Analysis || In Israel, we speak Republican
This week, as the divisiveness among Israel's top leaders was revealed in full, the squabbling between Prime Minister Netanyahu and the U.S. administration - which he hopes will not remain in the White House after November - also reached new levels.
In January 2009, on the eve of the Israeli general elections, and before the newly elected U.S. president, Barack Obama, was sworn in, the leading candidate for the premiership, Benjamin Netanyahu, met with his then-adviser and former consul general in New York, Alon Pinkas. Netanyahu asked Pinkas, who was close to the leaders of the Democratic Party, to help him build a bridge to the new administration.
"You are familiar with the language of [President Bill] Clinton and you know Obama and [future White House chief of staff] Rahm Emanuel. I am not. You speak Democratic; I speak Republican. Help me to understand them," Netanyahu said, according to Pinkas. Even as the former diplomat set out to help, he discovered that Netanyahu had in the meantime surrounded himself with diplomatic and security advisers, both official and from the outside, who spoke "Republican with a heavy accent": Uzi Arad, Ron Dermer, Dore Gold and Zalman Shoval.
Three and a half years later, the advisers are the same advisers (Arad was replaced by Yaakov Amidror as national security adviser ), the Atlantic is the same ocean and Netanyahu still has no direct ties into the White House. No quiet, discreet channel exists for a preliminary examination of sensitive issues. Everything takes place by means of sharply worded, aggressive messages. The two sides hurl insults and are insulted in turn.
Netanyahu is demanding that Washington set "red lines" for Iran, but he himself does not stop at red, as the saying goes. Even after the lengthy conversation he had with President Obama after midnight on Tuesday, Netanyahu does not intend to stop talking aloud about the need to set those red lines, a political source promised on Wednesday. True, the source said, this might not induce the Americans to embrace him, but this is the way Netanyahu thinks is correct. If the premier had not spoken out for years about the Iranian issue, the source maintains, there is no guarantee that a coalition would have been created due in part to this subject, or that sanctions would have been applied. There are also secret channels of communication, the source added, but they are not enough.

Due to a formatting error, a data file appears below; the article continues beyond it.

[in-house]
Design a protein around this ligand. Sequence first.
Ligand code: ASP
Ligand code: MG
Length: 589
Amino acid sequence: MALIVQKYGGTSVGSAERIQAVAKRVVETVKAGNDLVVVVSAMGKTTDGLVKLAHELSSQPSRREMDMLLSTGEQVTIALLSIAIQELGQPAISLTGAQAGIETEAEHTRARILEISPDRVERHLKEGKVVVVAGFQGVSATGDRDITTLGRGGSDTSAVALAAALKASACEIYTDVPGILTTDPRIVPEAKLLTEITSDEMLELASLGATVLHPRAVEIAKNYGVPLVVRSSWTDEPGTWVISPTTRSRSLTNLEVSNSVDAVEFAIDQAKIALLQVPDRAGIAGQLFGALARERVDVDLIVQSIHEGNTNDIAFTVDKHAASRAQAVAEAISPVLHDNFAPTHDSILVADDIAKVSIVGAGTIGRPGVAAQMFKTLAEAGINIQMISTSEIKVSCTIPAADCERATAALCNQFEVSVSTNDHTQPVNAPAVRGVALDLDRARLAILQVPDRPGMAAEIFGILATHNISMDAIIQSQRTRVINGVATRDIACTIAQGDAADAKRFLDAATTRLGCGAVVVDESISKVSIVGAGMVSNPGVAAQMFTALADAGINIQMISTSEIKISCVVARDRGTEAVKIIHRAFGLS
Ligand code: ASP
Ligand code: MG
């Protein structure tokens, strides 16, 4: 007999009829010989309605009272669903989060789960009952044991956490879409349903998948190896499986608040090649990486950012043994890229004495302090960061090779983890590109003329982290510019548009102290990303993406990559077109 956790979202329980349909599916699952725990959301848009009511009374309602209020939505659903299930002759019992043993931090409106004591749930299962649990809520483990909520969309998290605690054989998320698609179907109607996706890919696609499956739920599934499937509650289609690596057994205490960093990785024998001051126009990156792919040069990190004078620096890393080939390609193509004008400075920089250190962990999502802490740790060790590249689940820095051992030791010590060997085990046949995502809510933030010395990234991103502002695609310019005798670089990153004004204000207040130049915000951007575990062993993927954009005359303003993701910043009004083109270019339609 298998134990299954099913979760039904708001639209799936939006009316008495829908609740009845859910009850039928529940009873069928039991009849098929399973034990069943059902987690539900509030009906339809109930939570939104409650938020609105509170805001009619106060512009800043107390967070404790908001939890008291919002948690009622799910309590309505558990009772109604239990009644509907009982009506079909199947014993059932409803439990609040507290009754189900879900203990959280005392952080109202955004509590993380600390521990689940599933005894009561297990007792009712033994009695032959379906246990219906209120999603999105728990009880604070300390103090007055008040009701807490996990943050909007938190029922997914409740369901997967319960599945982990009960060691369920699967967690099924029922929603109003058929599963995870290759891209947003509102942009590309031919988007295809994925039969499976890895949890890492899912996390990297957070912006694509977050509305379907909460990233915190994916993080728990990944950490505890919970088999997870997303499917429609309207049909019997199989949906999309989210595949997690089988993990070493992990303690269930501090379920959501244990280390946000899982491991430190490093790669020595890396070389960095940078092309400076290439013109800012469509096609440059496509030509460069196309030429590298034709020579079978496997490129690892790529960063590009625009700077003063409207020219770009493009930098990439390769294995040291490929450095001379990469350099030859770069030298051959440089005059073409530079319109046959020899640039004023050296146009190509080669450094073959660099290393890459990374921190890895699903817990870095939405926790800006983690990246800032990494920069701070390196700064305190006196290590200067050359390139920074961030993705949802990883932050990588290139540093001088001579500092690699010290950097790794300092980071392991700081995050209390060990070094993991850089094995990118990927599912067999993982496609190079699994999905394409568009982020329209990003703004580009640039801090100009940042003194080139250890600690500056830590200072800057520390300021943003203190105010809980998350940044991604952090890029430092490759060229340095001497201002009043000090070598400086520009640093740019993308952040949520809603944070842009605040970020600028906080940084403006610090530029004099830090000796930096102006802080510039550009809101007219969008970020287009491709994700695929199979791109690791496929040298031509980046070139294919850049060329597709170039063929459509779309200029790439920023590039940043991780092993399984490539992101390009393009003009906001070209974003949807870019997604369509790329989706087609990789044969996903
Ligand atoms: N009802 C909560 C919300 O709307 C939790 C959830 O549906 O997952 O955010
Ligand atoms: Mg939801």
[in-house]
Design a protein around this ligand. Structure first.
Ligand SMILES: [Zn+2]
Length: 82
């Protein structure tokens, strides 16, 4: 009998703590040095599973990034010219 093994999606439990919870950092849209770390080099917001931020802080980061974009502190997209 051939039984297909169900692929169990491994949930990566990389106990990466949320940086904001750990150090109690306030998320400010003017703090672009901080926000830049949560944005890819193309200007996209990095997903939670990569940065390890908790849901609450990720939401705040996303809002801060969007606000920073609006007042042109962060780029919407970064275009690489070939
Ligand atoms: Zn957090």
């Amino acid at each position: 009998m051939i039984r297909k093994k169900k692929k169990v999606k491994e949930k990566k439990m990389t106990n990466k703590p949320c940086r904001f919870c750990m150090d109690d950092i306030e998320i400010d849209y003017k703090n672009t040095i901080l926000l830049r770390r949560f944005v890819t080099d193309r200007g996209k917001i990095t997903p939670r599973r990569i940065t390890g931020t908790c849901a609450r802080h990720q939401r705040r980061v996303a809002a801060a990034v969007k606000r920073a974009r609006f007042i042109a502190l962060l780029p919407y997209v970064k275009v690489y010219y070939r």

This week the divisiveness among the forces in the top ranks of the Israeli leadership was revealed in all its acuity. On the one hand, Netanyahu squabbles openly with Secretary of State Clinton and with Obama. On the other hand, President Shimon Peres and Defense Minister Ehud Barak compliment the Americans for their determination and for beefing up their forces in the Gulf (Peres ), and preach to Netanyahu that the differences between the two superpowers - that is, the United States and Israel - need "to be addressed openly in closed rooms" and that it is crucial "to remember the importance of the partnership with the United States and make every effort not to harm it" (Barak ).
When the president of Israel conveys time and again - and twice just this past week - a message of gratitude to the United States; when the defense minister scolds the prime minister; and when the secretary of state sticks a finger in Netanyahu's eye, declaring that no red line will be set - what can the Iranians do but guffaw and ask what's happening to the Israelis?
A very senior Israeli figure who is in close touch with members of the U.S. administration relates in private conversations that in the eyes of the Democratic administration, Netanyahu is perceived as campaigning on behalf of Mitt Romney. Romney's visit to Israel and the fundraising event held for him in Jerusalem under the aegis of the billionaire Sheldon Adelson - Netanyahu's patron - left Obama and his staff under no illusions about the prime minister's intentions.
To the president and his aides, the tongue-lashing he and Hillary Clinton took from Netanyahu, their depiction as ostensibly preferring Iran above Israel, the cooperation of the prime minister and his aides with Republican congressmen working against the White House, and the leak to the media by the Prime Minister's Bureau that Obama refused to meet with Netanyahu - all this looks like crude, vulgar and unrestrained intervention in the U.S. election campaign.